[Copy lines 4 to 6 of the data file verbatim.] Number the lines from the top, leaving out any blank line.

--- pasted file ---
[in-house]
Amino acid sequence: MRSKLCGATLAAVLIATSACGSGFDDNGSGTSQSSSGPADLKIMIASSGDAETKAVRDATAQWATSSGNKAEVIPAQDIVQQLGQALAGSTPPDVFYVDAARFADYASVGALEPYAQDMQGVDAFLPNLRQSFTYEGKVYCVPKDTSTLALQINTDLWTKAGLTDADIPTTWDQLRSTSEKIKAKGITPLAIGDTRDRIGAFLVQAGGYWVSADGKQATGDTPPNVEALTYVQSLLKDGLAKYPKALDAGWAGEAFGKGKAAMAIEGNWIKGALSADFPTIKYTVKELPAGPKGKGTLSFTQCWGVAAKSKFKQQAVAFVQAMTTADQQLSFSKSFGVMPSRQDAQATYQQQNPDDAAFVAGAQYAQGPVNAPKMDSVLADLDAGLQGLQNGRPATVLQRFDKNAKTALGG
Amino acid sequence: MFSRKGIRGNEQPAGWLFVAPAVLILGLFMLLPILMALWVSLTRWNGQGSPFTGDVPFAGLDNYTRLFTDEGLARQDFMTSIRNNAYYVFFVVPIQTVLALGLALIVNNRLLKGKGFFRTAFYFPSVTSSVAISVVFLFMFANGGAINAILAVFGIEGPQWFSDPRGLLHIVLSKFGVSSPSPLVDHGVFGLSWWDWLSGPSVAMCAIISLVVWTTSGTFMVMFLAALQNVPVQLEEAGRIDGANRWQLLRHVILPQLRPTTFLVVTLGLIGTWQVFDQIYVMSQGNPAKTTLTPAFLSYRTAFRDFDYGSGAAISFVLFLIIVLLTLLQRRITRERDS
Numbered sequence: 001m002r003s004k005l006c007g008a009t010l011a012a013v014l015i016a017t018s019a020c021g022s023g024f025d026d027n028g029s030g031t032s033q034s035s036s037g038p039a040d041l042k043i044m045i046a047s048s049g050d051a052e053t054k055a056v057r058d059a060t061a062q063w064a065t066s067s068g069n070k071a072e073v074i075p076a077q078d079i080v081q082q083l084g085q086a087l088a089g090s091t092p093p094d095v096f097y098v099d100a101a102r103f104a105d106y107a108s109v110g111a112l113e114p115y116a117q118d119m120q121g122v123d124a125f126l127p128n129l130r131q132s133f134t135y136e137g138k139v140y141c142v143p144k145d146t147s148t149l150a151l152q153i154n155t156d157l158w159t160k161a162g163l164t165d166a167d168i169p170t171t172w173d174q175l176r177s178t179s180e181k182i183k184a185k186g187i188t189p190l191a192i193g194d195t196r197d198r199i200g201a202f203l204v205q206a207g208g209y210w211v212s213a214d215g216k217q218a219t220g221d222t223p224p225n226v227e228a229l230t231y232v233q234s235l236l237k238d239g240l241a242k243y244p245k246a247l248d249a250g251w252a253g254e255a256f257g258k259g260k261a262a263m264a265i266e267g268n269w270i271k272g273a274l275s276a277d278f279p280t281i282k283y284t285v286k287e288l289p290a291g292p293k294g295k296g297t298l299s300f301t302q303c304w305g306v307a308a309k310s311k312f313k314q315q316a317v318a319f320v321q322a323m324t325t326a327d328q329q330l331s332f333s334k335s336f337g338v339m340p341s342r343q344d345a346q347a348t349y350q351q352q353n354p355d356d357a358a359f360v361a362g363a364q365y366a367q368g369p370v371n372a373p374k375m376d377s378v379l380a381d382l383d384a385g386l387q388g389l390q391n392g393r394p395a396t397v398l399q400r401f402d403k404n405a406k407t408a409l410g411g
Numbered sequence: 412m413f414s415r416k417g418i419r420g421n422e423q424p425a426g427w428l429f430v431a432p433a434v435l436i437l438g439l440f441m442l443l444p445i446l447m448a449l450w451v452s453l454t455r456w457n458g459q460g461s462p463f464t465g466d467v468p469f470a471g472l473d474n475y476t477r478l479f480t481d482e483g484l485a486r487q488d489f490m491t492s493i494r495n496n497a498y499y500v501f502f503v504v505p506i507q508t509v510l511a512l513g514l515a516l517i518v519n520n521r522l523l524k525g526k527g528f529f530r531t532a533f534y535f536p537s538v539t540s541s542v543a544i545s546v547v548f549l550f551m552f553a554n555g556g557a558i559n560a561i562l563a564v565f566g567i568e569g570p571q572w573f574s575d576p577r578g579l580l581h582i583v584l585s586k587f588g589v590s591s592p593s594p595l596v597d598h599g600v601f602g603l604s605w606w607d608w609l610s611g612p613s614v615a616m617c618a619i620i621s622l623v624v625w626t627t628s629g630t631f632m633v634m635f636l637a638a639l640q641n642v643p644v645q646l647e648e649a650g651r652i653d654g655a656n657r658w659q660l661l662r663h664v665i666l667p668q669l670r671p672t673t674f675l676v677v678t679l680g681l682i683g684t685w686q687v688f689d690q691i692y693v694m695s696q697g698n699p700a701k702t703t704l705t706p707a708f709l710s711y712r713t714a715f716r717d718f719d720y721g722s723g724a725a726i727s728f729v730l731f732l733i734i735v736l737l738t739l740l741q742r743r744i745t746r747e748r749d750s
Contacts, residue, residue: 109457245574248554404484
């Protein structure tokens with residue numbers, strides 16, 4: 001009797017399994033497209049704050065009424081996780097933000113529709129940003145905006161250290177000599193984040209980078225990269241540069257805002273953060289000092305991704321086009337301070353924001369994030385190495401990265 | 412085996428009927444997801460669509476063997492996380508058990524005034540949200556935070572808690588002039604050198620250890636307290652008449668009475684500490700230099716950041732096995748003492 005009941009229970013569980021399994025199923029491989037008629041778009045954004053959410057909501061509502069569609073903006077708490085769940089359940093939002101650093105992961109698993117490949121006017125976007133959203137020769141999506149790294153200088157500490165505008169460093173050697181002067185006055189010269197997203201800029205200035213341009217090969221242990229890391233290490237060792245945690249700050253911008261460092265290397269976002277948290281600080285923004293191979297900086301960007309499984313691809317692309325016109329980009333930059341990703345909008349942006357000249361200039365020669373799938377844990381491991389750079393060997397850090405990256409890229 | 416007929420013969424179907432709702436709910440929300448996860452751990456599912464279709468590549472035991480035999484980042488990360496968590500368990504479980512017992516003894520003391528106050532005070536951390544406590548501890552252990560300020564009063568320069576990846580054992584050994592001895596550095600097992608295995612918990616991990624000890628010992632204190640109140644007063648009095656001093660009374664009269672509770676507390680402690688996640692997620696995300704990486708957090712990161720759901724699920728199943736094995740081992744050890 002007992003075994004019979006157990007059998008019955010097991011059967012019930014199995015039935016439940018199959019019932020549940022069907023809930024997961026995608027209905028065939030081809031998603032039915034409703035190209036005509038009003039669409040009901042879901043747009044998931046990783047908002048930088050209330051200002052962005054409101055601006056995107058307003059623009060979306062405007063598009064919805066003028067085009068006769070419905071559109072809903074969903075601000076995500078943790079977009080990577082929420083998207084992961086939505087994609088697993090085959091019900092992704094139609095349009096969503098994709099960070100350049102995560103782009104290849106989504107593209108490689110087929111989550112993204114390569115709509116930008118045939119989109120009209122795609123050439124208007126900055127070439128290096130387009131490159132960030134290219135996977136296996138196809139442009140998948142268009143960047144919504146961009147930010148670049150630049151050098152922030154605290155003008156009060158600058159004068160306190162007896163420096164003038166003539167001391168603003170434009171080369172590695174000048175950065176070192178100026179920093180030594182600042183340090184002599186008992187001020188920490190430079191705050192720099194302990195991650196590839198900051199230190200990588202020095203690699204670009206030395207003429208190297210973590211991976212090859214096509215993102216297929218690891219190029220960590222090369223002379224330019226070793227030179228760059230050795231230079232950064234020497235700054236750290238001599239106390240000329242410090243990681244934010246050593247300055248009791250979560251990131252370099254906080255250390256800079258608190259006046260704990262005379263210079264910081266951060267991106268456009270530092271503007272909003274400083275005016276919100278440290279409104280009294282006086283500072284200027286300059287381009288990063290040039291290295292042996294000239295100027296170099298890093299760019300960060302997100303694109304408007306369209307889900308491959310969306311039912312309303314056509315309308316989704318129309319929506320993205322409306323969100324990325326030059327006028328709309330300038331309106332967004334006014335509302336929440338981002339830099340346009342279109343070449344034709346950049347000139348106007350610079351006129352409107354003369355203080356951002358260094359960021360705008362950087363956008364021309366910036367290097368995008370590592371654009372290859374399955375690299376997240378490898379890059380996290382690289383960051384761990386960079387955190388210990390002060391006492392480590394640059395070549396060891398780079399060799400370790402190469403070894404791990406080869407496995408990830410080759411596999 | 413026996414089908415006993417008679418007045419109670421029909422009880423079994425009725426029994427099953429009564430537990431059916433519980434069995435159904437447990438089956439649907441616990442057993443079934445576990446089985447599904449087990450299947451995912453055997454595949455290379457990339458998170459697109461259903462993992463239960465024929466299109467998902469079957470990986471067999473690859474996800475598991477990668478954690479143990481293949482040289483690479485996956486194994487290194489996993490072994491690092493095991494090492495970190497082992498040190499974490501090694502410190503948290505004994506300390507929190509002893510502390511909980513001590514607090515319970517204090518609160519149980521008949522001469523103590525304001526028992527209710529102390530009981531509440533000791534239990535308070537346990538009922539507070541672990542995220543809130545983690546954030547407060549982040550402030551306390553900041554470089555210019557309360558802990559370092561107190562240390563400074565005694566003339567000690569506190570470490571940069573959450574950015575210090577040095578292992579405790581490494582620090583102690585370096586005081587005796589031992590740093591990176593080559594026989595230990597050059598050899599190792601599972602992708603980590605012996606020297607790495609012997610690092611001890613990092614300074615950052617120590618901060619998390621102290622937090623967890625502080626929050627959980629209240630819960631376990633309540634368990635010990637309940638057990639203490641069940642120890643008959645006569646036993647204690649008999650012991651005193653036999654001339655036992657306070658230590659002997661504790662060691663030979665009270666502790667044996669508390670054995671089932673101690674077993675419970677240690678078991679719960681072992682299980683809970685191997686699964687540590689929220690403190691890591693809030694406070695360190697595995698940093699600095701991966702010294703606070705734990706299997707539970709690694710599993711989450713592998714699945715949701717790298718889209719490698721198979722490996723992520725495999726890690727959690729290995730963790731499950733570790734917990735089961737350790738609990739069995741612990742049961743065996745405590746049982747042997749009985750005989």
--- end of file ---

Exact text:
Numbered sequence: 001m002r003s004k005l006c007g008a009t010l011a012a013v014l015i016a017t018s019a020c021g022s023g024f025d026d027n028g029s030g031t032s033q034s035s036s037g038p039a040d041l042k043i044m045i046a047s048s049g050d051a052e053t054k055a056v057r058d059a060t061a062q063w064a065t066s067s068g069n070k071a072e073v074i075p076a077q078d079i080v081q082q083l084g085q086a087l088a089g090s091t092p093p094d095v096f097y098v099d100a101a102r103f104a105d106y107a108s109v110g111a112l113e114p115y116a117q118d119m120q121g122v123d124a125f126l127p128n129l130r131q132s133f134t135y136e137g138k139v140y141c142v143p144k145d146t147s148t149l150a151l152q153i154n155t156d157l158w159t160k161a162g163l164t165d166a167d168i169p170t171t172w173d174q175l176r177s178t179s180e181k182i183k184a185k186g187i188t189p190l191a192i193g194d195t196r197d198r199i200g201a202f203l204v205q206a207g208g209y210w211v212s213a214d215g216k217q218a219t220g221d222t223p224p225n226v227e228a229l230t231y232v233q234s235l236l237k238d239g240l241a242k243y244p245k246a247l248d249a250g251w252a253g254e255a256f257g258k259g260k261a262a263m264a265i266e267g268n269w270i271k272g273a274l275s276a277d278f279p280t281i282k283y284t285v286k287e288l289p290a291g292p293k294g295k296g297t298l299s300f301t302q303c304w305g306v307a308a309k310s311k312f313k314q315q316a317v318a319f320v321q322a323m324t325t326a327d328q329q330l331s332f333s334k335s336f337g338v339m340p341s342r343q344d345a346q347a348t349y350q351q352q353n354p355d356d357a358a359f360v361a362g363a364q365y366a367q368g369p370v371n372a373p374k375m376d377s378v379l380a381d382l383d384a385g386l387q388g389l390q391n392g393r394p395a396t397v398l399q400r401f402d403k404n405a406k407t408a409l410g411g
Numbered sequence: 412m413f414s415r416k417g418i419r420g421n422e423q424p425a426g427w428l429f430v431a432p433a434v435l436i437l438g439l440f441m442l443l444p445i446l447m448a449l450w451v452s453l454t455r456w457n458g459q460g461s462p463f464t465g466d467v468p469f470a471g472l473d474n475y476t477r478l479f480t481d482e483g484l485a486r487q488d489f490m491t492s493i494r495n496n497a498y499y500v501f502f503v504v505p506i507q508t509v510l511a512l513g514l515a516l517i518v519n520n521r522l523l524k525g526k527g528f529f530r531t532a533f534y535f536p537s538v539t540s541s542v543a544i545s546v547v548f549l550f551m552f553a554n555g556g557a558i559n560a561i562l563a564v565f566g567i568e569g570p571q572w573f574s575d576p577r578g579l580l581h582i583v584l585s586k587f588g589v590s591s592p593s594p595l596v597d598h599g600v601f602g603l604s605w606w607d608w609l610s611g612p613s614v615a616m617c618a619i620i621s622l623v624v625w626t627t628s629g630t631f632m633v634m635f636l637a638a639l640q641n642v643p644v645q646l647e648e649a650g651r652i653d654g655a656n657r658w659q660l661l662r663h664v665i666l667p668q669l670r671p672t673t674f675l676v677v678t679l680g681l682i683g684t685w686q687v688f689d690q691i692y693v694m695s696q697g698n699p700a701k702t703t704l705t706p707a708f709l710s711y712r713t714a715f716r717d718f719d720y721g722s723g724a725a726i727s728f729v730l731f732l733i734i735v736l737l738t739l740l741q742r743r744i745t746r747e748r749d750s
Contacts, residue, residue: 109457245574248554404484